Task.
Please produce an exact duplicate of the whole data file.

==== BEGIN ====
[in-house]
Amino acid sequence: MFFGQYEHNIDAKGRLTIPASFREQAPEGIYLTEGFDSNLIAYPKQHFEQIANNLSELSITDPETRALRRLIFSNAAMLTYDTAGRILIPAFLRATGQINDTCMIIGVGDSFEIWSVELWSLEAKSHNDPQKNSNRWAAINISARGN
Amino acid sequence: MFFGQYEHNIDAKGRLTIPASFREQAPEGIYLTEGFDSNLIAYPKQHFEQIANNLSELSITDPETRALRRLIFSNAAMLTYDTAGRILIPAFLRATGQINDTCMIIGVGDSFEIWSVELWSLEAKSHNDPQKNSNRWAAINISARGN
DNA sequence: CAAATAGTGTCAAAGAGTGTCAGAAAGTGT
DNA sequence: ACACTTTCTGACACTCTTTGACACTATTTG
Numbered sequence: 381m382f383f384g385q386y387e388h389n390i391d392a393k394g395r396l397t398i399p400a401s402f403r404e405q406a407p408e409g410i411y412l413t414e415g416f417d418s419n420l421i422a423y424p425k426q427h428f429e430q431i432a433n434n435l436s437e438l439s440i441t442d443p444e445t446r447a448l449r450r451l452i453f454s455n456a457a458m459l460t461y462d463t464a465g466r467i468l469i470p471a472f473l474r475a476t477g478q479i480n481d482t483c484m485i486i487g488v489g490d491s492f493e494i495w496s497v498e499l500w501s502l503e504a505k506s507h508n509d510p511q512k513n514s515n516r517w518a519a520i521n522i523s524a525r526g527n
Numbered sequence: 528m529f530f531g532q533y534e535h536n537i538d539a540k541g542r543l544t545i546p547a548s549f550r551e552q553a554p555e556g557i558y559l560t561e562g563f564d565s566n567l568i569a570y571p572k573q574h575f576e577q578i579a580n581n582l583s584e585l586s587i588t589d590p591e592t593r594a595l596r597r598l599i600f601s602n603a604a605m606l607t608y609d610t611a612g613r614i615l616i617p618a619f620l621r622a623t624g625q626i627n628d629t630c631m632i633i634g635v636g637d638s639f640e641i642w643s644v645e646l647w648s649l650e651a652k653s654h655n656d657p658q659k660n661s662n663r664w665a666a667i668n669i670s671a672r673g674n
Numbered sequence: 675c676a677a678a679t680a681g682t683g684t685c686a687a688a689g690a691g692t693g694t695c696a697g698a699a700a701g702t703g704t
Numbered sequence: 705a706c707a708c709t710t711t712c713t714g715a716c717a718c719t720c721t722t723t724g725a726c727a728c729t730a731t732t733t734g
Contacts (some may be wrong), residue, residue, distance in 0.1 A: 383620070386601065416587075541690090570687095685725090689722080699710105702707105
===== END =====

[in-house]
Amino acid sequence: MFFGQYEHNIDAKGRLTIPASFREQAPEGIYLTEGFDSNLIAYPKQHFEQIANNLSELSITDPETRALRRLIFSNAAMLTYDTAGRILIPAFLRATGQINDTCMIIGVGDSFEIWSVELWSLEAKSHNDPQKNSNRWAAINISARGN
Amino acid sequence: MFFGQYEHNIDAKGRLTIPASFREQAPEGIYLTEGFDSNLIAYPKQHFEQIANNLSELSITDPETRALRRLIFSNAAMLTYDTAGRILIPAFLRATGQINDTCMIIGVGDSFEIWSVELWSLEAKSHNDPQKNSNRWAAINISARGN
DNA sequence: CAAATAGTGTCAAAGAGTGTCAGAAAGTGT
DNA sequence: ACACTTTCTGACACTCTTTGACACTATTTG
Numbered sequence: 381m382f383f384g385q386y387e388h389n390i391d392a393k394g395r396l397t398i399p400a401s402f403r404e405q406a407p408e409g410i411y412l413t414e415g416f417d418s419n420l421i422a423y424p425k426q427h428f429e430q431i432a433n434n435l436s437e438l439s440i441t442d443p444e445t446r447a448l449r450r451l452i453f454s455n456a457a458m459l460t461y462d463t464a465g466r467i468l469i470p471a472f473l474r475a476t477g478q479i480n481d482t483c484m485i486i487g488v489g490d491s492f493e494i495w496s497v498e499l500w501s502l503e504a505k506s507h508n509d510p511q512k513n514s515n516r517w518a519a520i521n522i523s524a525r526g527n
Numbered sequence: 528m529f530f531g532q533y534e535h536n537i538d539a540k541g542r543l544t545i546p547a548s549f550r551e552q553a554p555e556g557i558y559l560t561e562g563f564d565s566n567l568i569a570y571p572k573q574h575f576e577q578i579a580n581n582l583s584e585l586s587i588t589d590p591e592t593r594a595l596r597r598l599i600f601s602n603a604a605m606l607t608y609d610t611a612g613r614i615l616i617p618a619f620l621r622a623t624g625q626i627n628d629t630c631m632i633i634g635v636g637d638s639f640e641i642w643s644v645e646l647w648s649l650e651a652k653s654h655n656d657p658q659k660n661s662n663r664w665a666a667i668n669i670s671a672r673g674n
Numbered sequence: 675c676a677a678a679t680a681g682t683g684t685c686a687a688a689g690a691g692t693g694t695c696a697g698a699a700a701g702t703g704t
Numbered sequence: 705a706c707a708c709t710t711t712c713t714g715a716c717a718c719t720c721t722t723t724g725a726c727a728c729t730a731t732t733t734g
Contacts (some may be wrong), residue, residue, distance in 0.1 A: 383620070386601065416587075541690090570687095685725090689722080699710105702707105